A further, more specific, breakdown of the numbers and information shows the following:
Chief Officer: 6; Line Officer: 15; Firefighter: 32
Line Officer, in this writing, refers to traditional sub-command positions (i.e. captain, lieutenant, and corporal) as well as “station chief” as it was listed congruent with “firefighter”.
Of the 32 firefighters, I include air crew positions in wildland firefighting aircraft as well as the one fire-police position and the one probationary firefighter. It is interesting to note, as far as position type Chief Officers, that four of the six were actual chiefs of their departments. Likewise, of the six, only one died while responding to an alarm.
28 were volunteer members. 25 were career members. For this writing, “career members” includes those who are listed as “part time” and “wildland contract”.
Attack (actions involved in suppression and search duties): 10
Crash: 4. Aircrew members who died as a result of their aircraft striking the ground.
In the “Attack” data, the information can be broken down farther:
Interior Fire Attack: 4; Ground Cover Fire: 2; MPO (motor pump operator, to borrow the FDNY phrase, victims who were working as the pump operator at the time of their death or shortly afterwards): 2; Self Removal: 1. “Self Removal” means that the victim recognized, in some manner, that something was physically wrong and they removed themselves from the fire structure prior to collapsing. Search/Rescue: 1;
One wildland firefighter was killed in a tree abatement operation when he was struck and killed. The USFA classifies this Duty Type as “Other On-Duty” therefore I won’t include it with the Attack” data.
In addition to those above, three victims were killed on the fireground, outside of the presented “Attack” duties. One was struck and killed by a privately-owned vehicle while operating at a “trees down” call; one was struck by a privately-owned vehicle while driving fire apparatus and killed; and one was killed when fire apparatus backed over him.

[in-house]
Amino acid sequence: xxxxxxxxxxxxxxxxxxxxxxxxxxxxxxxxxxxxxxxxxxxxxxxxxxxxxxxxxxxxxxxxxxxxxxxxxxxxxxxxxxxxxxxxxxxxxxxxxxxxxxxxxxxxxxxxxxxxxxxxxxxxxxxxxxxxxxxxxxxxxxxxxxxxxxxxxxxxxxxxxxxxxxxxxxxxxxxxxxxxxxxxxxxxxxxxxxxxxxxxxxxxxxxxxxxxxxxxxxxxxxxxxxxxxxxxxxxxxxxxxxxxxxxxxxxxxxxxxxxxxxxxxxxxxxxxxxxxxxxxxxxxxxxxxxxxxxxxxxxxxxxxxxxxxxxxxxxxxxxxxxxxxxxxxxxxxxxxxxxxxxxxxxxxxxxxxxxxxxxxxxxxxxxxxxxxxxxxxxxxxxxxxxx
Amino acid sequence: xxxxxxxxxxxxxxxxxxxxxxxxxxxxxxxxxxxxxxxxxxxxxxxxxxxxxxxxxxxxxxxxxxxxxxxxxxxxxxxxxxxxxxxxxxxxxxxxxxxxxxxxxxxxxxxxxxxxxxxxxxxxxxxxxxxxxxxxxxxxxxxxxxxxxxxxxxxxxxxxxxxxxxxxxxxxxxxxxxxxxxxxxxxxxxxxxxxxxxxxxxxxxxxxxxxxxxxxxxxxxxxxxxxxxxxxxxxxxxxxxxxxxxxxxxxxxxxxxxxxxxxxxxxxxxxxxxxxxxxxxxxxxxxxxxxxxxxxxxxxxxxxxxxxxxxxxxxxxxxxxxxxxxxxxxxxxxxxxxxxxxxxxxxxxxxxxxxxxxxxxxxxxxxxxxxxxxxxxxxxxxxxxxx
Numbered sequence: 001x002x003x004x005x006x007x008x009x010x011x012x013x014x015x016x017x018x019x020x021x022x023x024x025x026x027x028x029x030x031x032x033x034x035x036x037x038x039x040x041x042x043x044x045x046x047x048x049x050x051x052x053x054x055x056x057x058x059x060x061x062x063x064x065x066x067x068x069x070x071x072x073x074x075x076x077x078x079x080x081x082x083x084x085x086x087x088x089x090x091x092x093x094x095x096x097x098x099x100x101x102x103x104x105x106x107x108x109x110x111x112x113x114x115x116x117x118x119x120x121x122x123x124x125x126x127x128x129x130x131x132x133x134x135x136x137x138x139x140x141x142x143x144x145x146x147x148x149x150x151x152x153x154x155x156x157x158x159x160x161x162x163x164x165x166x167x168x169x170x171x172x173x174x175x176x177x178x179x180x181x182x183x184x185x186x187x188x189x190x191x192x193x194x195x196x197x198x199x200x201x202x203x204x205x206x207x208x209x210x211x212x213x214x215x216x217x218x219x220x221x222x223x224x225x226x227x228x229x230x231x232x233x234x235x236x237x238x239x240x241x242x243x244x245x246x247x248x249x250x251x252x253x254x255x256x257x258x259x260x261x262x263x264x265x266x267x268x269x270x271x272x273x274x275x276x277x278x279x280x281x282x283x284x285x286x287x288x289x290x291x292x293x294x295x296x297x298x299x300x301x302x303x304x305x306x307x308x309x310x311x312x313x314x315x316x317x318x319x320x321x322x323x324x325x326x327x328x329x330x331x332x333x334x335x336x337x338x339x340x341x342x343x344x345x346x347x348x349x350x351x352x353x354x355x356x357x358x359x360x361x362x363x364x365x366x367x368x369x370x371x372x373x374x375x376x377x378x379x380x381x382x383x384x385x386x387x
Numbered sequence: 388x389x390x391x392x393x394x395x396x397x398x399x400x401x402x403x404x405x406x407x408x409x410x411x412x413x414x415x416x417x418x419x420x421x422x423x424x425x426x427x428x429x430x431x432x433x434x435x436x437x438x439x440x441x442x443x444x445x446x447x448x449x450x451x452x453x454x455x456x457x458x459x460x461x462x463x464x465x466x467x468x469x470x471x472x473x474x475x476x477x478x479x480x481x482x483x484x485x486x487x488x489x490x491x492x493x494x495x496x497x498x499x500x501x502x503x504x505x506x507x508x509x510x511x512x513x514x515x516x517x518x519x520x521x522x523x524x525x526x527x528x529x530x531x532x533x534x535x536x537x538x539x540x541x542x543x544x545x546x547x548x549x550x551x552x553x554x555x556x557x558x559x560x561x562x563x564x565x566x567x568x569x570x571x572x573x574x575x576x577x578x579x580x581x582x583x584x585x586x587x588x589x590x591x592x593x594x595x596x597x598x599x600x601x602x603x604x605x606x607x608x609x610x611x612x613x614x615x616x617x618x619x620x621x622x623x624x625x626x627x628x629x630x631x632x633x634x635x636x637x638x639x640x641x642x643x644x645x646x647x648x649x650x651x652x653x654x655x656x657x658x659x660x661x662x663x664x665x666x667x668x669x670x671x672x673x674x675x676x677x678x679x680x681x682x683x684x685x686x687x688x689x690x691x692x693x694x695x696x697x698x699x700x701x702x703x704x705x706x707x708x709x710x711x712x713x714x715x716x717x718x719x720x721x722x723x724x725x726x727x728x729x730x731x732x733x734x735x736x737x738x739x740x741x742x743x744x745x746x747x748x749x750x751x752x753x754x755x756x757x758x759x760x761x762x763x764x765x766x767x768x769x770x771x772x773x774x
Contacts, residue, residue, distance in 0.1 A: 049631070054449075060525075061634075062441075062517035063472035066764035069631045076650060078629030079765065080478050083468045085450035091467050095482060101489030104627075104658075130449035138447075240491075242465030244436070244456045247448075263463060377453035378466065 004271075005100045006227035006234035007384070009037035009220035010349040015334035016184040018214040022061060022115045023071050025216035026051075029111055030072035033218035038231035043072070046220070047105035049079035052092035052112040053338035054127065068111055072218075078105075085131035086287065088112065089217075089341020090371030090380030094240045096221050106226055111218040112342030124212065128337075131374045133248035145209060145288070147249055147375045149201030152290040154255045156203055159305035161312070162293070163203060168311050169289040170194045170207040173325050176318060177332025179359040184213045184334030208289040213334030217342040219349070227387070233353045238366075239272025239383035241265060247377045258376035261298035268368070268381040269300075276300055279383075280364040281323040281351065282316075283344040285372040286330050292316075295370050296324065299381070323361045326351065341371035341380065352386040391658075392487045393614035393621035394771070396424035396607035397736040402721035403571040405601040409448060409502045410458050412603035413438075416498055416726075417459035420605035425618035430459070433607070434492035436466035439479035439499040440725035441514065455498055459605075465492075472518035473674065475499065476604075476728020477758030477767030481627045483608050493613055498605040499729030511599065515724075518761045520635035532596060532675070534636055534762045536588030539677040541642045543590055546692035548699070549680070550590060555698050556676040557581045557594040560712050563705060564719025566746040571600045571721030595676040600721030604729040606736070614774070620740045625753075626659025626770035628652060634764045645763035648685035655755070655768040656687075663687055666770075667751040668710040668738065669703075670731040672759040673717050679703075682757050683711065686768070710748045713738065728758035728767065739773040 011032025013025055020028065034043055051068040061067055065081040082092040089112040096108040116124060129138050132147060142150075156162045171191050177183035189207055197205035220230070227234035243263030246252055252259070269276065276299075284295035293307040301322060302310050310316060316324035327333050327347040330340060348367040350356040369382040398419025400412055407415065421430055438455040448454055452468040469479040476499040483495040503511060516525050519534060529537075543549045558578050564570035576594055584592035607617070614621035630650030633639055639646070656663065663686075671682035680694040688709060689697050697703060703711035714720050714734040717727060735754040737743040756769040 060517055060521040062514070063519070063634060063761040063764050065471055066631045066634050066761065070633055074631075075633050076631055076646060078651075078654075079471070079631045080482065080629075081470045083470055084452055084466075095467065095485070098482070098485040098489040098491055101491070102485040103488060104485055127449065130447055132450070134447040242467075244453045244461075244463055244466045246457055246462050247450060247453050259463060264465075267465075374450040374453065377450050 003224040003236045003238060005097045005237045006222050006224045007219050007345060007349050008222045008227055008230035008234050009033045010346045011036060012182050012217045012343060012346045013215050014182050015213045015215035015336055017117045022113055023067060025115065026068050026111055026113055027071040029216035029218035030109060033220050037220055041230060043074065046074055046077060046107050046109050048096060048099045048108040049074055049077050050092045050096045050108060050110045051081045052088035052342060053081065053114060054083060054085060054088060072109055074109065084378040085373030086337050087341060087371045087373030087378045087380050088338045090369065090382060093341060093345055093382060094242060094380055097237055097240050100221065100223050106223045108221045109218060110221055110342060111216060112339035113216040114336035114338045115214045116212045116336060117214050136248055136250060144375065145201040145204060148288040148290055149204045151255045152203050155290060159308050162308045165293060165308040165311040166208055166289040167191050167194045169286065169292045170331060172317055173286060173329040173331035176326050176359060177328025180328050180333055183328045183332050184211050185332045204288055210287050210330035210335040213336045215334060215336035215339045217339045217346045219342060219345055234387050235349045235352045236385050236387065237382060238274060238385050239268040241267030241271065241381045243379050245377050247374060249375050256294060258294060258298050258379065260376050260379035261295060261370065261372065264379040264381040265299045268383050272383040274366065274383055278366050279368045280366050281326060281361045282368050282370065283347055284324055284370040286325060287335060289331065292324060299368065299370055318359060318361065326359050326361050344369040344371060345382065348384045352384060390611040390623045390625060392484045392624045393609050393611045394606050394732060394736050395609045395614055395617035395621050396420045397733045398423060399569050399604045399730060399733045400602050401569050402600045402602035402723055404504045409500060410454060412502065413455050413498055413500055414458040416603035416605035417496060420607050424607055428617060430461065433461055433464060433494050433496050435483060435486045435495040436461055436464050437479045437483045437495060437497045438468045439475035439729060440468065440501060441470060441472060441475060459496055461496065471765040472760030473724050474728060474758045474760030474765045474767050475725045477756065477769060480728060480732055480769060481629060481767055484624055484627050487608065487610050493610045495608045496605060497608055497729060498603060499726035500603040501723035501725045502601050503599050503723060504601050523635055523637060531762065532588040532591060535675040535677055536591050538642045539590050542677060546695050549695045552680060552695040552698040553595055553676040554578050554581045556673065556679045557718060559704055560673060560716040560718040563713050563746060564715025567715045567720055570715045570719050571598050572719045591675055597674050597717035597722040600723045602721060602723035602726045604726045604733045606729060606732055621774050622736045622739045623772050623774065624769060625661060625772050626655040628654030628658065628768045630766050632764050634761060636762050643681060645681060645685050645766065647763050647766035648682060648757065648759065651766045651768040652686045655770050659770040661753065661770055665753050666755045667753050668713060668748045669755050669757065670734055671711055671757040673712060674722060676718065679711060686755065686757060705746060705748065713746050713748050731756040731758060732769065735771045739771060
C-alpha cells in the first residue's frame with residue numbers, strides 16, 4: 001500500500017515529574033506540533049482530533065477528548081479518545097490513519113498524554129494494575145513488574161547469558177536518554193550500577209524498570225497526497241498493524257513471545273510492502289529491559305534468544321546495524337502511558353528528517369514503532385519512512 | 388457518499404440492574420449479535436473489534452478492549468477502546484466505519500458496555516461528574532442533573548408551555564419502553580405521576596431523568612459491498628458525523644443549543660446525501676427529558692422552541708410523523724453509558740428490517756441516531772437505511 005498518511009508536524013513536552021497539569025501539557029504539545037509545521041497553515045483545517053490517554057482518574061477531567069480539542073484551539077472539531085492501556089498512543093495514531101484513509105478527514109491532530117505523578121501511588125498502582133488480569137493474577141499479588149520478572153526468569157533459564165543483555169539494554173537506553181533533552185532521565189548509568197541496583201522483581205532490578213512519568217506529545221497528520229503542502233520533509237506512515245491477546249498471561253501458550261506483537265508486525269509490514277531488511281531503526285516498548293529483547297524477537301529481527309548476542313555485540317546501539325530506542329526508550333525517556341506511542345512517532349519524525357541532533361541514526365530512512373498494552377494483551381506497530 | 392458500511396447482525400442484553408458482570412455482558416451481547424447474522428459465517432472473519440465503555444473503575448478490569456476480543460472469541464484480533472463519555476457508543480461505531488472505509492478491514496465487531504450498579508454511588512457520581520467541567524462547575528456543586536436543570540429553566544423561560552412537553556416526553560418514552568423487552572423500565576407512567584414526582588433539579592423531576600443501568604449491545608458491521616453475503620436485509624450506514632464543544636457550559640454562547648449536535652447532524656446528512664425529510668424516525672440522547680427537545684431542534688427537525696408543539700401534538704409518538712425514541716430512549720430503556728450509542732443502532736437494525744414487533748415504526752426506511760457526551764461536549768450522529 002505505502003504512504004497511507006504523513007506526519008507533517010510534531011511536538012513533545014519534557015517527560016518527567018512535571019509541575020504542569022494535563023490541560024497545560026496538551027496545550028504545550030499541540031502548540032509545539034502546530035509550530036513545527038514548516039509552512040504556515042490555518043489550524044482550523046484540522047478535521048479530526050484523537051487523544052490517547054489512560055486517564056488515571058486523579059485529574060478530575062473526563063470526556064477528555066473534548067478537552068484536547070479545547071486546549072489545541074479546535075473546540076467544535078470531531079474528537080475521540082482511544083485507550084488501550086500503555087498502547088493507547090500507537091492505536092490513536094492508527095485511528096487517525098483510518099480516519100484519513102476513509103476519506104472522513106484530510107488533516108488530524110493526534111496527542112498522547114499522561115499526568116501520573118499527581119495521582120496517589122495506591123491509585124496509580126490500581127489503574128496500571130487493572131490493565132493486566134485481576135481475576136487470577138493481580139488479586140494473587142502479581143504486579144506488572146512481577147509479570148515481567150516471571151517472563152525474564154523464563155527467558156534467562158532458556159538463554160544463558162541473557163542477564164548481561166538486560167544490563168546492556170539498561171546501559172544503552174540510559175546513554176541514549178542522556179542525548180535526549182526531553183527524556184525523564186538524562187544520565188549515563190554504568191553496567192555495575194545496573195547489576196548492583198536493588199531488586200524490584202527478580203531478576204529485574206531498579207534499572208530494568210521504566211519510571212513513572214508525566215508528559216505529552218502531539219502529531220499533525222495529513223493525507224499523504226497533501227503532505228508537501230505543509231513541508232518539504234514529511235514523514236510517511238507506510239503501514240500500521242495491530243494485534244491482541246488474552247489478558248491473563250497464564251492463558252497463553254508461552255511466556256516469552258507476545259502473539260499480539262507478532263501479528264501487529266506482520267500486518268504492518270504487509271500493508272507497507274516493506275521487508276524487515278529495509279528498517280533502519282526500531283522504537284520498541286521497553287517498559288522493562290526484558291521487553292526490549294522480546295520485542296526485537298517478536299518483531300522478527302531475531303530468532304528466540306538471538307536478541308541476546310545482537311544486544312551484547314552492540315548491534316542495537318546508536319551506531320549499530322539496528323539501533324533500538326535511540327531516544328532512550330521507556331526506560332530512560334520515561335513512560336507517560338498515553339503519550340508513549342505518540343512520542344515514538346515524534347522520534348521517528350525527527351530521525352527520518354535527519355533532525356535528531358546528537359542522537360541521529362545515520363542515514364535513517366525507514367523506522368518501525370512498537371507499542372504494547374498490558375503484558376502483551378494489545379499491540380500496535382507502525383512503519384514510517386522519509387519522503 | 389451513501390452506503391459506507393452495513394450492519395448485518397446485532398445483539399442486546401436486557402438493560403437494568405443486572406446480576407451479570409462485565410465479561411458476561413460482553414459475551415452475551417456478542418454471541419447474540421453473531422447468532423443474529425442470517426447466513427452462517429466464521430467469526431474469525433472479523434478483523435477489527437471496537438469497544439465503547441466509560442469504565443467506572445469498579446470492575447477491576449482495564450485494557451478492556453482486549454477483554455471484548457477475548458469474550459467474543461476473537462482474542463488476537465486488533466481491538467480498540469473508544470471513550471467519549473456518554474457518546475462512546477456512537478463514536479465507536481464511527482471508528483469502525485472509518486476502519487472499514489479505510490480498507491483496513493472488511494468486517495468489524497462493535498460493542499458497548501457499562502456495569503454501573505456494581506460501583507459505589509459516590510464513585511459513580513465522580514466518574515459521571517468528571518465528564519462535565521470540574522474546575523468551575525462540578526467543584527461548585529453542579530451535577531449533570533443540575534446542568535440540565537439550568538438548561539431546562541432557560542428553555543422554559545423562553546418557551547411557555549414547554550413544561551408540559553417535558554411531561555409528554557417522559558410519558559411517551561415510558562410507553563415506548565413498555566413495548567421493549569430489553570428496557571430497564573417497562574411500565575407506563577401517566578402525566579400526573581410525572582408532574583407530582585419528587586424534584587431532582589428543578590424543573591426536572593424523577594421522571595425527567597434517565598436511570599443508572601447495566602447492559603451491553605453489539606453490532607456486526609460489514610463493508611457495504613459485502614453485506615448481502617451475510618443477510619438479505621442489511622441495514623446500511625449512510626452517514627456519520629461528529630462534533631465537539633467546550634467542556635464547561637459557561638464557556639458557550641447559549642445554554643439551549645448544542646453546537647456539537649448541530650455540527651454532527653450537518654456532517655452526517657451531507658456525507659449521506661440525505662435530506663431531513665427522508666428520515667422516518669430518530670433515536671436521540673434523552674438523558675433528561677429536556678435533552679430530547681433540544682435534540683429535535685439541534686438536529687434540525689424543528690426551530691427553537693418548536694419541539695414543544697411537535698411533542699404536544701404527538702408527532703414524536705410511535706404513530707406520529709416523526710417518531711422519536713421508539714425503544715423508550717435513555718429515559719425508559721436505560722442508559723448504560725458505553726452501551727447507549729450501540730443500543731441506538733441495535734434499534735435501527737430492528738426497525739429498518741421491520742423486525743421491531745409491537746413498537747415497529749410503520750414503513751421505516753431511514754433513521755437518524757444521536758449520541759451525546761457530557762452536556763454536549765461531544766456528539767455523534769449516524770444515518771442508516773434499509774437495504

Looking at the “fireground” and “attack” numbers, of the 10 who died, four were either chief officers or line officers directly involved in fire suppression activities. None of the victims were directly responsible for the incident at an Incident Command level, according to information available at time of research.
Only one fatality may be attributed to disorientation, or having exhausted his or her SCBA air supply. A chief officer died of asphyxiation while fighting a silo fire.
Only one fatality may be attributed to affecting a rescue. One firefighter collapsed and died after having climbed a ladder and removed an occupant from a window of the fire building.
Of the four “interior fire attack” fatalities, “Fire Building” represents for us the multiple fatality data. Two fires occurred in one- and two-family private dwellings, each claiming the lives of two firefighters.
In 2009 almost half (21) of the 53 fatalities were either chief officers or line officers. Regarding the interior fire attack, and not including the wildland aircraft crashes, four were killed fighting residential structure fires. Almost as many (3) were killed on the fireground in a vehicle related incident, not to include response. Two fireground deaths involved pump operators. One fireground death is directly related to occupant rescue/removal, and one is directly related to disorientation. The next post will look at response, medical causes and redefine the definition of “line of duty”. The last post will recalculate the data and compare.